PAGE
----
A man, aged 64 years, presents for evaluation of an asymptomatic rash that developed on his left medial mid-thigh three days ago. He spends a substantial amount of time outdoors but denies a history of antecedent tick or spider bite or bee sting. He denies fever, malaise, muscle aches, and joint pain. He has a history of eczema and has been self-medicating the site with clobetasol cream since onset. Current medications include hydrochlorothiazide and propranolol for control of hypertension. Having Googled the rash, he is convinced that he has contracted Lyme disease.
This patient was indeed afflicted with Lyme disease, a multisystem disorder transmitted by ticks. The disorder is the most commonly reported vector-borne illness in the United States and incidence is rising; in 2013, it was the fifth most common nationally...
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This patient was indeed afflicted with Lyme disease, a multisystem disorder transmitted by ticks. The disorder is the most commonly reported vector-borne illness in the United States and incidence is rising; in 2013, it was the fifth most common nationally notifiable disease.1
The characteristic rash is termed erythema migrans, and it arises early in the disease. However, this classic manifestation is present in only approximately 50% of cases among adults, and the majority are unaware of a prior tick bite.2,3
The rash itself is asymptomatic but may be accompanied by fever, malaise, and arthralgias. It begins as an erythematous papule that enlarges centrifugally and may attain a diameter greater than 15cm.4 Differential diagnosis includes hypersensitivity reactions to insect bites, drug eruption, urticaria, and cellulitis.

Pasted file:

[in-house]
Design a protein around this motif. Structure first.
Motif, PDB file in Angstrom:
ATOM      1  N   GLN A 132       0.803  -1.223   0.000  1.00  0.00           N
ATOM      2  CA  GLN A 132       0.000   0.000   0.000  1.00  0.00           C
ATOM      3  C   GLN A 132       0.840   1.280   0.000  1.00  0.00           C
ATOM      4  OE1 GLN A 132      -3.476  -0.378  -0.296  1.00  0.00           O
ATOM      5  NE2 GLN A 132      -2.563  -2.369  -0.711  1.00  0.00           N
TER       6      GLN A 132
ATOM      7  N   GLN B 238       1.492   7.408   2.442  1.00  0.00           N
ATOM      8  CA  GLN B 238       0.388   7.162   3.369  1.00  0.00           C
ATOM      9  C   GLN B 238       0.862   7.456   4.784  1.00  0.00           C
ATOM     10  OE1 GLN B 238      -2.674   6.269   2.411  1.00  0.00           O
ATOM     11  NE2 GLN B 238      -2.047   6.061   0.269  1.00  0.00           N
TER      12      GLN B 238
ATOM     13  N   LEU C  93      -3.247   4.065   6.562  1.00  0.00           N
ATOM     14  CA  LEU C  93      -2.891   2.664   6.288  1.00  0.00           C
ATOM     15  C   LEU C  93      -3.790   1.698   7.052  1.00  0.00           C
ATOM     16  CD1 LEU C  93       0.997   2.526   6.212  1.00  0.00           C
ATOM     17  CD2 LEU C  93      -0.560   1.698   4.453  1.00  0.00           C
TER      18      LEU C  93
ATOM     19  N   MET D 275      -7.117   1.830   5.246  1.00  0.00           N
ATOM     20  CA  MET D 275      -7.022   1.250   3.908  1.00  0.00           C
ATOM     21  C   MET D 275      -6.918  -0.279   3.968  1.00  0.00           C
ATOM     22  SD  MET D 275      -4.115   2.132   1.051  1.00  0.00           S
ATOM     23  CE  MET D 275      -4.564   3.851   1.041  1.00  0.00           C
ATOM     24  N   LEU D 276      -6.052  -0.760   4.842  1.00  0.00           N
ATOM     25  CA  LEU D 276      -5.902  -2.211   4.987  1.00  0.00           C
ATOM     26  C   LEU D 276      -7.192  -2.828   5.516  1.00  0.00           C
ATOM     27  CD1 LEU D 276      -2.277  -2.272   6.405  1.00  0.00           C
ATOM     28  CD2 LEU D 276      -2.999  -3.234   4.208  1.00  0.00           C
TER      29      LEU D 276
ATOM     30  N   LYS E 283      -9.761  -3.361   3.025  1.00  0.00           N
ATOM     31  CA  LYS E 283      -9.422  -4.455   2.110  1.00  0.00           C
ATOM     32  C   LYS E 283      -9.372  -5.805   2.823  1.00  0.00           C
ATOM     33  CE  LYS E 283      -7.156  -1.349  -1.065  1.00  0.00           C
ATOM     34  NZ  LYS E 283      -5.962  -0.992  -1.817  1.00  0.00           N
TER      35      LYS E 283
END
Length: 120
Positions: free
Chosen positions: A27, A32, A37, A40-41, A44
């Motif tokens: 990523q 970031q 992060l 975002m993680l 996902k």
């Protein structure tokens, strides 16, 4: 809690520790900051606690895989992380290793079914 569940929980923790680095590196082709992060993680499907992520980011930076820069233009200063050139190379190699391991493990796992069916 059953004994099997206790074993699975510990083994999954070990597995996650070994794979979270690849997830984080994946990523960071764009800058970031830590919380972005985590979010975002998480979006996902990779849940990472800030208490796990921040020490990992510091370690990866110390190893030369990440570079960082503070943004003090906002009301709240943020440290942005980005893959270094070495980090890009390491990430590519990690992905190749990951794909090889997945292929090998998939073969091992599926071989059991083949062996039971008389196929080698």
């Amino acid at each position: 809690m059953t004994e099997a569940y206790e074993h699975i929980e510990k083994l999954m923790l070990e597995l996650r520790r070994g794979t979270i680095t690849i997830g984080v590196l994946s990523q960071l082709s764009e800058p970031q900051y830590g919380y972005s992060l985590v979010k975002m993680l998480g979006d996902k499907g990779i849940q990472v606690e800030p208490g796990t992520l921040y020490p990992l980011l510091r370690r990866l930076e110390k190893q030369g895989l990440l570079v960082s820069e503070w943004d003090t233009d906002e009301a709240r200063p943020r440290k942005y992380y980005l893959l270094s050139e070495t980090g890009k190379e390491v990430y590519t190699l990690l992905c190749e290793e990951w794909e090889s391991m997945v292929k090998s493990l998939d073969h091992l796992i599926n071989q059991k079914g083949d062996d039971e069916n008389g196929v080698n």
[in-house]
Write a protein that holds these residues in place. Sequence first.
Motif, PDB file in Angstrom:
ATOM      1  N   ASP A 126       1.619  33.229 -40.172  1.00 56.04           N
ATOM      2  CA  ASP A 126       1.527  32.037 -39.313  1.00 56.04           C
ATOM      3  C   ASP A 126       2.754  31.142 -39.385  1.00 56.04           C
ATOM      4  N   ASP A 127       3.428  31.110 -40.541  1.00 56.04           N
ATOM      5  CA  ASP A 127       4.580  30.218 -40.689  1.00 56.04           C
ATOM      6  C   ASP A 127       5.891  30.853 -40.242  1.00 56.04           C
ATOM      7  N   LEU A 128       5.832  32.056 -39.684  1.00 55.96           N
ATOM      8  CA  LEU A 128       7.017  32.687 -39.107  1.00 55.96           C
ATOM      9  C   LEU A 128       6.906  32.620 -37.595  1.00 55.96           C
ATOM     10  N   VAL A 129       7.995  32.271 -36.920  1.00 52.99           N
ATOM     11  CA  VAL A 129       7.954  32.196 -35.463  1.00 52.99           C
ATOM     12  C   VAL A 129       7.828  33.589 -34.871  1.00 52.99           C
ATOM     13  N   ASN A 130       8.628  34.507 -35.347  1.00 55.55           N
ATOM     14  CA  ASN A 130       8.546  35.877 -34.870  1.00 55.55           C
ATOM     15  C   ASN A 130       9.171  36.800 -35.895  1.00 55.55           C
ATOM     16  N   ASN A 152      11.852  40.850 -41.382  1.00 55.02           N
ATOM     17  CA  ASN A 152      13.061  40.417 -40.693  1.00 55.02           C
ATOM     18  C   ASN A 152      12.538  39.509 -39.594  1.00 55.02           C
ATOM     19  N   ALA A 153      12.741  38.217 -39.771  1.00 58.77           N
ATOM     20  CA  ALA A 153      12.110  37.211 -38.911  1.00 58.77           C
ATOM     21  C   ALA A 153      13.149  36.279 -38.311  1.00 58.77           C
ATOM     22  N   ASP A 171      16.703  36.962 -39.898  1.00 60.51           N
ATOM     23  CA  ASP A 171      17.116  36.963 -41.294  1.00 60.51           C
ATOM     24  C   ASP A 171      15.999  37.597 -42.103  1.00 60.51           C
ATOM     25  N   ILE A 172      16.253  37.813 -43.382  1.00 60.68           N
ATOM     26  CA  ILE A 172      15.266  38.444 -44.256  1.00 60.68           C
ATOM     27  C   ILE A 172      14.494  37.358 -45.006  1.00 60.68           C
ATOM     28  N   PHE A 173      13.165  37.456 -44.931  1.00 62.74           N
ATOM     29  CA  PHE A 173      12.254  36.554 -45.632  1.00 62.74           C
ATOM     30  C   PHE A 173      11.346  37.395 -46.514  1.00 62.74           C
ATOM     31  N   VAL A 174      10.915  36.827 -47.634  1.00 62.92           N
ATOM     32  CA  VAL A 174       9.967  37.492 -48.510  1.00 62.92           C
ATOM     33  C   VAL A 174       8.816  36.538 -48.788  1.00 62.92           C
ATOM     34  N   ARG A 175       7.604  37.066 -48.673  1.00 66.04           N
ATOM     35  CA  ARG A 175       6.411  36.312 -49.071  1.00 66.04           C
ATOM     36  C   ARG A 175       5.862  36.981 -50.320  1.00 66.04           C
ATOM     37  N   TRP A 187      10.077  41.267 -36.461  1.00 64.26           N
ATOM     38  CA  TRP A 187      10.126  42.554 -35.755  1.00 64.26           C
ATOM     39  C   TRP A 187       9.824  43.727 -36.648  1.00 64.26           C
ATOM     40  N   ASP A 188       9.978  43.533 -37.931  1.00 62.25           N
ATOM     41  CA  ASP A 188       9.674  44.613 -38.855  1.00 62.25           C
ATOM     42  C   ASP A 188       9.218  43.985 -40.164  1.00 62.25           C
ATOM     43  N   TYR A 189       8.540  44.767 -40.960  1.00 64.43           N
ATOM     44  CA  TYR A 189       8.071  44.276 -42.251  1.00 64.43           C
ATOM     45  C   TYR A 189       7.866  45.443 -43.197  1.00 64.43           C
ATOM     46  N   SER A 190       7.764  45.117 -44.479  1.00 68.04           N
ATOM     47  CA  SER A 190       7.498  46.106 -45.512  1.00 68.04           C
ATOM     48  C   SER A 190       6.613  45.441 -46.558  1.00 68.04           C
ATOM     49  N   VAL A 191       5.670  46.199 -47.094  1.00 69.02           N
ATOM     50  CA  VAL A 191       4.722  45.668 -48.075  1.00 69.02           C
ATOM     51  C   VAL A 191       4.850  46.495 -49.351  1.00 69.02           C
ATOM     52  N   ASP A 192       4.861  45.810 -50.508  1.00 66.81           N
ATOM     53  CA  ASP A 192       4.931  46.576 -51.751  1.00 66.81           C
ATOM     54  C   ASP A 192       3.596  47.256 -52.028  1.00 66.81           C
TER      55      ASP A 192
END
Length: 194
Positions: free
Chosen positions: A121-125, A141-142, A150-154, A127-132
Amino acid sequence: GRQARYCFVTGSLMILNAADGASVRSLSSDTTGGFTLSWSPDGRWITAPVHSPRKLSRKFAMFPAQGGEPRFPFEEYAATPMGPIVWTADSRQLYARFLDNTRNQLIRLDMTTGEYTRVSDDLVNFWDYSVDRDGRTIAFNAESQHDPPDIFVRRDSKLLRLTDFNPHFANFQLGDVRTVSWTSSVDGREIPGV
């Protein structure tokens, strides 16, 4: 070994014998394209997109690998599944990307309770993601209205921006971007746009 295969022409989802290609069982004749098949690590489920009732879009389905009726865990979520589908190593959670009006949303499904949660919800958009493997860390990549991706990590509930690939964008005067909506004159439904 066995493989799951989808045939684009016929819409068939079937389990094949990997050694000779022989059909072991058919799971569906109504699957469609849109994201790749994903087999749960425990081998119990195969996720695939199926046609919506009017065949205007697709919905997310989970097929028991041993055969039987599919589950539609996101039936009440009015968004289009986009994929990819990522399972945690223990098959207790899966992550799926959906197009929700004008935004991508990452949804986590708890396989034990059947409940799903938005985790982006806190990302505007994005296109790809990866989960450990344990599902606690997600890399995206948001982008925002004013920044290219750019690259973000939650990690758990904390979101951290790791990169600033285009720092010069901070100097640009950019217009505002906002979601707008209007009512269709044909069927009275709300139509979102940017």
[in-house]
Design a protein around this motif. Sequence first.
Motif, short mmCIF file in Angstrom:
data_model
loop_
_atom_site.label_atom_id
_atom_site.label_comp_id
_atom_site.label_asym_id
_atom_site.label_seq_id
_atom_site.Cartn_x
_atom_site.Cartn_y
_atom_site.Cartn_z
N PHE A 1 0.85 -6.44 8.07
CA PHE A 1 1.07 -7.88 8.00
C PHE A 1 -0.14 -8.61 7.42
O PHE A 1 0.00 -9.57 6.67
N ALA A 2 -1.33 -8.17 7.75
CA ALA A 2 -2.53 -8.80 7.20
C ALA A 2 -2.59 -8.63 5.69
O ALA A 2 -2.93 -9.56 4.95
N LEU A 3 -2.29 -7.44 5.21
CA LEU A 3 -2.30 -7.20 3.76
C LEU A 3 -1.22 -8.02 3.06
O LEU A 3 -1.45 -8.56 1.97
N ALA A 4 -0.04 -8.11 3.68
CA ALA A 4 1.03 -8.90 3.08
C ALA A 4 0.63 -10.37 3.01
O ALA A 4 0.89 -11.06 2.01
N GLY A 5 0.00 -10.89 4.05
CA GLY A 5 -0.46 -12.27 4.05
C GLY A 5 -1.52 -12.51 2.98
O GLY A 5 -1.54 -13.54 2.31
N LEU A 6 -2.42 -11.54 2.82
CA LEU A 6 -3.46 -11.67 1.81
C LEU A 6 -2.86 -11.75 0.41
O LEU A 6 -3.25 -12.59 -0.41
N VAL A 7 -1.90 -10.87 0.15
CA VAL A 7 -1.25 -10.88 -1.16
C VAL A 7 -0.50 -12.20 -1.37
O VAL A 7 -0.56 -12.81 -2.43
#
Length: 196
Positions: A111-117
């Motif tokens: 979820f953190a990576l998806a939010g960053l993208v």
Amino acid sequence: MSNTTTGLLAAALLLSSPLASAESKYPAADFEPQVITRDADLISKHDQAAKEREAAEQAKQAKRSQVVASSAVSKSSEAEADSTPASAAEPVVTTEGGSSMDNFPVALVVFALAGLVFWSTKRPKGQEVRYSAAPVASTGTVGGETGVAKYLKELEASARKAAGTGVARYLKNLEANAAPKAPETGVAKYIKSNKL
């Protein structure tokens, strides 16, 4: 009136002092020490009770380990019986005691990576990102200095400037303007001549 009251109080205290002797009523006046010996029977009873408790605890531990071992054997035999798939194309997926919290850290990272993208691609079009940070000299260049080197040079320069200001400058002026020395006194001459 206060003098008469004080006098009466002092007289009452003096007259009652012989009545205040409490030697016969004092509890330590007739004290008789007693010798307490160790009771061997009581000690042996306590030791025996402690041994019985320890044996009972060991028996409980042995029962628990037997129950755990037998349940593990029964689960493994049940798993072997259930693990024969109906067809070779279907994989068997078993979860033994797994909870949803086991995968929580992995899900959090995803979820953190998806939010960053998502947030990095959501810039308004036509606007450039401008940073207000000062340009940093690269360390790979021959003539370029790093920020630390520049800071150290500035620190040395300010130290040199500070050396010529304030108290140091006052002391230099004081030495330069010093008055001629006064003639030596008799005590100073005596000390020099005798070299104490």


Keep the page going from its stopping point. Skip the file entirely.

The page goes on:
In endemic areas, therapy should be initiated without serology in patients with classic erythema migrans and a history of tick exposure. Disease dissemination may be heralded by the presence of additional skin lesions, but these are usually of lesser diameter and may be atypical in appearance.5 Doxycycline at a dose of 100mg twice daily is the recommended therapy for patients with first-stage disease (except for pregnant females and children aged less than 8 years); the therapy should be administered for a minimum of two weeks.6
Megha D. Patel is a student at the Commonwealth Medical College, Scranton, PA.
Stephen Schleicher, MD, is an associate professor of medicine at the Commonwealth Medical College and an adjunct assistant professor of dermatology at the University of Pennsylvania Medical College. He practices dermatology in Hazleton, PA.
- Lyme disease: Data and statistics. Centers for Disease Control and Prevention Web site. Updated March 4, 2015. Available at www.cdc.gov/lyme/stats
- Bacon RM, Kugeler KJ, Mead PS; Centers for Disease Control and Prevention. Surveillance for Lyme disease—United States, 1992-2006. MMWR Surveill Summ.2008;57(10):1-9.
- Bhate C, Schwartz RA. Lyme disease: Part I. Advances and perspectives. J Am Acad Dermatol. 2011;64(4):619-636.
- Müllegger RR. Dermatological manifestations of Lyme borreliosis. Eur J Dermatol. 2004;14(5):296-309.
- Steere AC, Bartenhagen NH, Craft JE, et al. The early clinical manifestations of Lyme disease. Ann Intern Med.1983;99(1):76-78.
- Bhate C, Schwartz RA. Lyme disease: Part II. Management and prevention. J Am Acad Dermatol. 2011;64(4):639-653.